The regulatory measures introduced by various Asian countries in the previous months triggered the decision of some cryptocurrency exchanges to withdraw from those markets. Among the exchange platforms that decided to leave are some known names, such as Kraken, Binance and Bitfinex. Kraken decided to retire from the Japanese cryptocurrency market, Binance decided to leave the Hong Kong market and Bitfinex is leaving the market in China.
In a message published on the official website of Kraken, Jesse Powell, the CEO of the cryptocurrency exchange, explained that one of the reasons for their decision to leave the Japanese cryptocurrency market lies in the strict supervisions the company was subjected to, especially after the hacker attack on Coincheck at the beginning of this year. This is what Powell wrote on the official Kraken blog: “Ironically, after all the effort we put in to bringing about the VC Act in Japan, we decided to take a step back. Kraken is Japan’s oldest surviving exchange and we led the industry in forming an SRO (JADA) and engaging with government but we failed to gain significant market share. Perhaps we focused too much on regulation and not enough on marketing.
We had been grandfathered in to operating in Japan with a VC Act application pending, however, the structure of our international business, broad token selection and extreme security measures added a lot of complexity that wasn’t shared by other applicants. Additionally, because we were still under evaluation when another major Japanese exchange was hacked, the scrutiny on us intensified. It became a bit of a moving goalpost situation, also with high likelihood that we would be required to substantially reduce our token selection.
While Japan’s VC Act isn’t perfect, it is a good example of what (relatively) reasonable regulation can do for a country. Huge, traditional financial services are rushing in to crypto. For them, certainty is everything and now they have it. Japan’s crypto market is sure to be highly competitive, which is a great thing for consumers. I have to give the FSA in Japan a tremendous amount of credit for getting it together. They are a fine regulator to work with. Hopefully, Kraken will find an opportunity to re-enter the market in the near future.”
On the other hand, Bitfinex, the fifth largest cryptocurrency exchange in the world, could move its trading operations from Hong Kong to Switzerland, according to the information that appeared at the end of March this year. At the time, Jean-Louis van der Velde, the CEO of Bitfinex, said: “We are looking for a new home for Bitfinex and the parent company iFinex, where we want to merge the operations previously spread over several locations. We want to be the most transparent of all exchanges and meet the requirements of the Swiss regulator.” He added that Bitfinex was in talks with Swiss banks.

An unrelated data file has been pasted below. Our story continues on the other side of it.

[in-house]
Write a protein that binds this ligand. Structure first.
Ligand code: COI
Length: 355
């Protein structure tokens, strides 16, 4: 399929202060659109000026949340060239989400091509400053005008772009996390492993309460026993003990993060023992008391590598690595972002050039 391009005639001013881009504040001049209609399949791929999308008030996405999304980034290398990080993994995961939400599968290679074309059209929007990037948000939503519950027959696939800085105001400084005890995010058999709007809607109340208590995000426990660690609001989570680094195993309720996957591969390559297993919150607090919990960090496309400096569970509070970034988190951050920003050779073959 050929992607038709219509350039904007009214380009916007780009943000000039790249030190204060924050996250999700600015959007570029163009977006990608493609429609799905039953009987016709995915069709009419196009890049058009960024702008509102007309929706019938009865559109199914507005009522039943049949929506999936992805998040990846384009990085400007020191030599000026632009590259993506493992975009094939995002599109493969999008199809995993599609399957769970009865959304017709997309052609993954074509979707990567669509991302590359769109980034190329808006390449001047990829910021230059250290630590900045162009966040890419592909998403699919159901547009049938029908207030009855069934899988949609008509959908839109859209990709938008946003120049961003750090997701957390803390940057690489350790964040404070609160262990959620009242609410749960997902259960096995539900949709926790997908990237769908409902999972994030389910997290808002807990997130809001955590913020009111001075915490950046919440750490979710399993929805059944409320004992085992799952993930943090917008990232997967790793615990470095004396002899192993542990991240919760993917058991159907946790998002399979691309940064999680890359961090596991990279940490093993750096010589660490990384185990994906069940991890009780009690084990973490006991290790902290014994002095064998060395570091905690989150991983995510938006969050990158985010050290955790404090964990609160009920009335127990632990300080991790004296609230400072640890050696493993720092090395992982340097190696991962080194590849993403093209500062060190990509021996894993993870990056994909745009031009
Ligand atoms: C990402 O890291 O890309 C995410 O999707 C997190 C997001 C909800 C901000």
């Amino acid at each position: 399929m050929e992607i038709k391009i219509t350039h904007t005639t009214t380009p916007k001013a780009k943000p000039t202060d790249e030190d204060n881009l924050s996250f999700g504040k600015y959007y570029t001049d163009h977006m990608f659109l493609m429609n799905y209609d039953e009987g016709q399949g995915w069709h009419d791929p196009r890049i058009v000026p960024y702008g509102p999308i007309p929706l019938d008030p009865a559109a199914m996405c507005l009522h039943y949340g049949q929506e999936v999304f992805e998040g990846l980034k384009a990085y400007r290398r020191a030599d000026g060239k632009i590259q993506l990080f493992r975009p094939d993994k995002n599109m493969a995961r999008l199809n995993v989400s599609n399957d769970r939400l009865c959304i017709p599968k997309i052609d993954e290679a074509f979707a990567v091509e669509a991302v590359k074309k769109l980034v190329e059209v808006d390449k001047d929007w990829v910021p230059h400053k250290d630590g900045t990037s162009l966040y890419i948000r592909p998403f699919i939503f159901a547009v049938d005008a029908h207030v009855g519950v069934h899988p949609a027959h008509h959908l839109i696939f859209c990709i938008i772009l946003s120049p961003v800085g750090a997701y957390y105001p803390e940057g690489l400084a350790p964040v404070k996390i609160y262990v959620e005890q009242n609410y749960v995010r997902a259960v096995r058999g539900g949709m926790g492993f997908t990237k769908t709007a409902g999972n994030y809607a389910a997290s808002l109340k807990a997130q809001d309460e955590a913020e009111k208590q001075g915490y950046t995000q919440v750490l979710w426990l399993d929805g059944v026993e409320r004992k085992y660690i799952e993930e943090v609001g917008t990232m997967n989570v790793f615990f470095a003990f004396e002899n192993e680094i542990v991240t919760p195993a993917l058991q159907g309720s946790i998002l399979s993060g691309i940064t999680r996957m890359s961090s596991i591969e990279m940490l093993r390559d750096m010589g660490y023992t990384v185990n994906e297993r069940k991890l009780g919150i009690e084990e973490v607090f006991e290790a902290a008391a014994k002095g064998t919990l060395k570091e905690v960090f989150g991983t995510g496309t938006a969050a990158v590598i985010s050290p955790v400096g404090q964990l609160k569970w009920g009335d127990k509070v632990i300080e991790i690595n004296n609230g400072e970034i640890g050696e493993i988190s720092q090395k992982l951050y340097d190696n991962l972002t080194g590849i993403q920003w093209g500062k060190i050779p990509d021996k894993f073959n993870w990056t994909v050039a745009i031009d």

Bitfinex did not mention the regulations as the reason to withdraw from the market in Hong Kong, but some sources confirmed that the increased demands coming from the regulatory authorities in Hong Kong could have influenced the decision to leave. London was also one of the option for moving the business, but Switzerland seems like a more viable option, since the city of Zug in Switzerland is known as the crypto valley, and it is considered to be a paradise for tech startups working with the blockchain technology.
Back in February, the authorities in Hong Kong launched a public campaign whose goal was to inform the public about the risks associated with the cryptocurrencies and the initial coin offerings (ICOs).
Moreover, the Securities & Futures Commission of Hong Kong (SFC) prohibited the trade of various cryptocurrencies after they were catalogued as securities and Binance was one of the cryptocurrency exchanges that received a warning letter from the SFC.
In a pursuit of a more suitable environment for its business, Binance is moving its office to Malta, another country in Europe that is considered to be a paradise for the cryptocurrencies. The decision was made after the Financial Services Agency (FSA) of Japan accused the company of operating in the country without the necessary licenses.
Asia experienced a big boom of the cryptocurrencies and spectacular growth of the cryptocurrency ecosystem in many countries around the continent, but the regulations imposed by various countries are now slowing down the adoption of blockchain technology and the cryptocurrencies.